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Endocrinol Metab Clin North Am. 1992 Mar;21(1):85-104.

Luteal phase defect. Etiology, diagnosis, and management.

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  • 1Department of Obstetrics and Gynecology, Wayne State University School of Medicine, Detroit, Michigan.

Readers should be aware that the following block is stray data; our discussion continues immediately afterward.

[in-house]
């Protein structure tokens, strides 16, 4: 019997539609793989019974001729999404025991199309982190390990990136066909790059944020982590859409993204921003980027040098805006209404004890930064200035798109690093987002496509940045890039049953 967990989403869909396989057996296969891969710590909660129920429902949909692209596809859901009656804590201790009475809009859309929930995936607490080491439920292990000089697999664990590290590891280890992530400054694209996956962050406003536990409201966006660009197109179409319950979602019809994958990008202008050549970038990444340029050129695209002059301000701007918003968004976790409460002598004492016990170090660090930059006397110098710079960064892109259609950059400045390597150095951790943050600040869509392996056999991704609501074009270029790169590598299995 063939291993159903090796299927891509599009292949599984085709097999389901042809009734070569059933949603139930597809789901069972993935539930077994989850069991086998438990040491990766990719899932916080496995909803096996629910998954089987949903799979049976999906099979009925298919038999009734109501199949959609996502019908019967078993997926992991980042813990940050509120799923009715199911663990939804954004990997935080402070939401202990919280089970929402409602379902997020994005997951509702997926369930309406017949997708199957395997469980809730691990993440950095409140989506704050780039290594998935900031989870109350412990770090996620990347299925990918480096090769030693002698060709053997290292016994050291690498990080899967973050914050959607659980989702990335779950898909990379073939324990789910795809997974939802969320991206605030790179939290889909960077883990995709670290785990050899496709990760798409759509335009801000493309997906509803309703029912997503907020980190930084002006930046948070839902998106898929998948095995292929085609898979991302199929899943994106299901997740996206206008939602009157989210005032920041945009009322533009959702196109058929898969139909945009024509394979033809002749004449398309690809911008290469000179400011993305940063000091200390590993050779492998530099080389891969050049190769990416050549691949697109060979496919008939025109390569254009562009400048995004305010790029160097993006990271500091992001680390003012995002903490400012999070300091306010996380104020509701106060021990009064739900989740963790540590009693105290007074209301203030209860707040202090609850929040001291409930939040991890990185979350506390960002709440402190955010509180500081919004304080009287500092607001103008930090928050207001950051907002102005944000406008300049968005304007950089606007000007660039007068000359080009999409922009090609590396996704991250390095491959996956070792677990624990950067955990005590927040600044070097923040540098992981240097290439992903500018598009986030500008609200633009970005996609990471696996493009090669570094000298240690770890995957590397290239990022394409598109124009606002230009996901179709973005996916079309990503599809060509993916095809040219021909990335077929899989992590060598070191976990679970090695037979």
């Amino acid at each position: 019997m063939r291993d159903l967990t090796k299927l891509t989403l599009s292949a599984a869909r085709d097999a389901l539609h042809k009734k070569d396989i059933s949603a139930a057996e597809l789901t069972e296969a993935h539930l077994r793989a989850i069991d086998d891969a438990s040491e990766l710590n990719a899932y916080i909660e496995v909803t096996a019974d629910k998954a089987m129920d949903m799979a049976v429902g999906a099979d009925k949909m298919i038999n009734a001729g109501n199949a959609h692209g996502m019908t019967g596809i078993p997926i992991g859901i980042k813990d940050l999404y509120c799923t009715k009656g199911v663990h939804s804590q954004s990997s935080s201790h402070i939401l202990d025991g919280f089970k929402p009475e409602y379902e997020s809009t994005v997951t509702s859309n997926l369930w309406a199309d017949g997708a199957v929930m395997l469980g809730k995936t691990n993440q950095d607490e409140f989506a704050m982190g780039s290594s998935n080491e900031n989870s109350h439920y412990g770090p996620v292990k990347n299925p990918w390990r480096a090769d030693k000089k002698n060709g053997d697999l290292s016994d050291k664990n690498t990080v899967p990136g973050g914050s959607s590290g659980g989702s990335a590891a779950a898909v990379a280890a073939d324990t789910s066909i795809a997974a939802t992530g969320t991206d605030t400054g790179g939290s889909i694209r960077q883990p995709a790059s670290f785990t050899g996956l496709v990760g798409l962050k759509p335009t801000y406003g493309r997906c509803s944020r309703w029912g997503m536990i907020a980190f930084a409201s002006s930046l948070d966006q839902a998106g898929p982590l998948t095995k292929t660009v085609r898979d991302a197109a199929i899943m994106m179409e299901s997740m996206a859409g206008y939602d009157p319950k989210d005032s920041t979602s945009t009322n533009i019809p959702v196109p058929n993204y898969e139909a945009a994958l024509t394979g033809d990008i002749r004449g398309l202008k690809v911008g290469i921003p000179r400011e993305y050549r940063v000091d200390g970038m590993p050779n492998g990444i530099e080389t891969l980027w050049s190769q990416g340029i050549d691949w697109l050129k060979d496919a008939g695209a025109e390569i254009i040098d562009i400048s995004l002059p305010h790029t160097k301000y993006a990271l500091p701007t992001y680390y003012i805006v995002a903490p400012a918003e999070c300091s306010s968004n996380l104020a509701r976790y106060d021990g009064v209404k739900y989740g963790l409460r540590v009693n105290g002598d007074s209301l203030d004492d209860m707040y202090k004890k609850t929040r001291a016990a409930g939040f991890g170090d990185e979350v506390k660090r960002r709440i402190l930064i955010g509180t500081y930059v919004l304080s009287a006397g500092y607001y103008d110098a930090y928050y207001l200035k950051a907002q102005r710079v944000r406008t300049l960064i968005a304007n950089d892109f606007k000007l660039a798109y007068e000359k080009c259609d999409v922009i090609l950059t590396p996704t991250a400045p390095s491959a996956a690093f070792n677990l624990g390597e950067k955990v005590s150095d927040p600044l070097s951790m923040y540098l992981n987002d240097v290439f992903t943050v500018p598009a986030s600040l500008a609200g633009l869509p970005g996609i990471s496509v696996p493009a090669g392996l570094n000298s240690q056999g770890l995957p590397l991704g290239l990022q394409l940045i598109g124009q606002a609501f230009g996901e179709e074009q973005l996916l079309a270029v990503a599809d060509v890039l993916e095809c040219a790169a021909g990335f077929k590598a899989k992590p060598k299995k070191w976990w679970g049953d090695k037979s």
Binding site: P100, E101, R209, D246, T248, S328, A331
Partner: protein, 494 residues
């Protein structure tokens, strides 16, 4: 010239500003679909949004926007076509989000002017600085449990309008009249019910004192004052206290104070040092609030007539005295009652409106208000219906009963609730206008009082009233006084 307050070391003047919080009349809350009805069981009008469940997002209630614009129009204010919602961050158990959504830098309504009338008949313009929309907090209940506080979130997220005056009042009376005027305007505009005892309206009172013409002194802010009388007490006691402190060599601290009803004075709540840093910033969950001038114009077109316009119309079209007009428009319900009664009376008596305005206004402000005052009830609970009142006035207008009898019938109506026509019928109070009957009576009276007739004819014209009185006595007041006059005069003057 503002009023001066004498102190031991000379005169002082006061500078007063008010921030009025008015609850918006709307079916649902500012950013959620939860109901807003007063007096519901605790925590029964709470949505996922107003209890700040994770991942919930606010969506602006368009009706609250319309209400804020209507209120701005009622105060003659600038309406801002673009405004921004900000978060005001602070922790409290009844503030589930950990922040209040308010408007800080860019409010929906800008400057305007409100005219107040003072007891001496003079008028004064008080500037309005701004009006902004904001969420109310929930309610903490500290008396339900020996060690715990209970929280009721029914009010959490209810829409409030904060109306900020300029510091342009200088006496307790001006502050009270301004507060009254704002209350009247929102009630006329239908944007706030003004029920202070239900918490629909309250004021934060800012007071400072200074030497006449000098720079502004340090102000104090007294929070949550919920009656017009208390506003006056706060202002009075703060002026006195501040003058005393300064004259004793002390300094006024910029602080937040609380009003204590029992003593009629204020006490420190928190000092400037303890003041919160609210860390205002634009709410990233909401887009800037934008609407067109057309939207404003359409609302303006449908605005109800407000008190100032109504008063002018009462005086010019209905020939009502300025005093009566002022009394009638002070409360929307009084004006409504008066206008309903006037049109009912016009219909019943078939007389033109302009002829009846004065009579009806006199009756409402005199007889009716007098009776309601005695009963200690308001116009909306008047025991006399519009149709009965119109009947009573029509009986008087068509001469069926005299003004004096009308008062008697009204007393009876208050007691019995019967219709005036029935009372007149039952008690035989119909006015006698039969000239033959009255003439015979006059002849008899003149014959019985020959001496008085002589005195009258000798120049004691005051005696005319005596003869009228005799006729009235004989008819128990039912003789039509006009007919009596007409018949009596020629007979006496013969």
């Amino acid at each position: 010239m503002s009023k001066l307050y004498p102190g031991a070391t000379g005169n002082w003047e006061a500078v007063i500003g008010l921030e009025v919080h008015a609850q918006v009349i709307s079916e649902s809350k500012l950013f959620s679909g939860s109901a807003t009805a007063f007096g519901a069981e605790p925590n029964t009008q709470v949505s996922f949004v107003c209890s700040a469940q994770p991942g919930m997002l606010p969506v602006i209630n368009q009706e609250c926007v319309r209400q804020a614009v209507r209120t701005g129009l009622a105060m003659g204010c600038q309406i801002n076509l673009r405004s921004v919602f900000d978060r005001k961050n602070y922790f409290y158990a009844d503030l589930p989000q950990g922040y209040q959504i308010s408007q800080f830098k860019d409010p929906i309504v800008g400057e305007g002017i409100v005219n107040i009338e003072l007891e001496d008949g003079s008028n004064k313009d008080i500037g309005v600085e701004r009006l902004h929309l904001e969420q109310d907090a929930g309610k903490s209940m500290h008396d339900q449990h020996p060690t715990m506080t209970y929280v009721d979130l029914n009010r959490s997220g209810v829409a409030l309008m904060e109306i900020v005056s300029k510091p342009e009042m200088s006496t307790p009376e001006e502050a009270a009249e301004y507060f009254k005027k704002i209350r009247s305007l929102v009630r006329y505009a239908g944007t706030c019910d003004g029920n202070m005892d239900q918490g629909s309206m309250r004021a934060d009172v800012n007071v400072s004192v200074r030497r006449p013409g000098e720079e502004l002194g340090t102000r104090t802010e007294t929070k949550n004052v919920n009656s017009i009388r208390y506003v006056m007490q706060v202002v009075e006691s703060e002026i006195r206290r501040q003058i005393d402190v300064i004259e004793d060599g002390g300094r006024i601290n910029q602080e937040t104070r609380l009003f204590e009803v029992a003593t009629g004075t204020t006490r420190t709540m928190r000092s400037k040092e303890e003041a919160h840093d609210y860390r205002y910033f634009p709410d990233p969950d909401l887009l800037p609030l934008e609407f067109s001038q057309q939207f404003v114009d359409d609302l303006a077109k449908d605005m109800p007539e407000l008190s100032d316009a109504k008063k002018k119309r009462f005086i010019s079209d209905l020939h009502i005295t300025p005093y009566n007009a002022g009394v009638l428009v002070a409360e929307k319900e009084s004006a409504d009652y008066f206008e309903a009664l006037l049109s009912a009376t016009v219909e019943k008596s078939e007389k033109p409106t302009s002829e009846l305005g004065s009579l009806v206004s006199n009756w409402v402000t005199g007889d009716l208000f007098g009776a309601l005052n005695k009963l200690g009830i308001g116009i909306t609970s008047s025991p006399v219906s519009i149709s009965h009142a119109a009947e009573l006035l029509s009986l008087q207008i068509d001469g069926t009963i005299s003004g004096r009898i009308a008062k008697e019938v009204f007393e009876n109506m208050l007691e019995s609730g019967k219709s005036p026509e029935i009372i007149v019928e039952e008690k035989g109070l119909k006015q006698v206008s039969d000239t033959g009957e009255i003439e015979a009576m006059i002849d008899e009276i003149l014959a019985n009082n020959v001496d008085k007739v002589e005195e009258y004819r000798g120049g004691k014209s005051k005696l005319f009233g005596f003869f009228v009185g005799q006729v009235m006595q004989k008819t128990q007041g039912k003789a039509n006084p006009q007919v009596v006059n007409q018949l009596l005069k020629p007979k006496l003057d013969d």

Luteal phase defect is an ovulatory disorder of considerable clinical importance that is implicated in infertility and recurrent spontaneous abortion. As a subtle disruption of ovulatory or luteal function, it may be the most common ovulatory disorder in women. Pathophysiologic alterations of the complex reproductive process that lead to delayed endometrial maturation characteristic of LPD include disordered folliculogenesis, defective corpus luteum function, and abnormal luteal rescue by the early pregnancy. A variety of clinical conditions, such as hyperprolactinemia, hyperandrogenic states, weight loss, stress, and athletic training may result not in overt oligo- or anovulation, but rather may be manifest as LPD. Reasonable consensus exists regarding the use of endometrial biopsy for diagnosis of LPD, although issues regarding timing, number of samples needed, method of interpretation, and the adjunctive use of hormone assay and ultrasonography are still not settled. Other tests, including assay of progesterone-associated endometrial protein, analysis of decidual steroid receptors, or determination of decidual prolactin production, may in the future contribute to the accurate diagnosis of this condition. In the absence of an identifiable correctable underlying cause of LPD, progesterone replacement and clomiphene citrate are the usual treatment options for consideration. Combination therapy, gonadotropins, and other treatments are reserved for refractory cases. No data at present suggest a difference in efficacy between progesterone and clomiphene. When abnormal luteal endometrial biopsy is corrected, conception and live birth rates are high.

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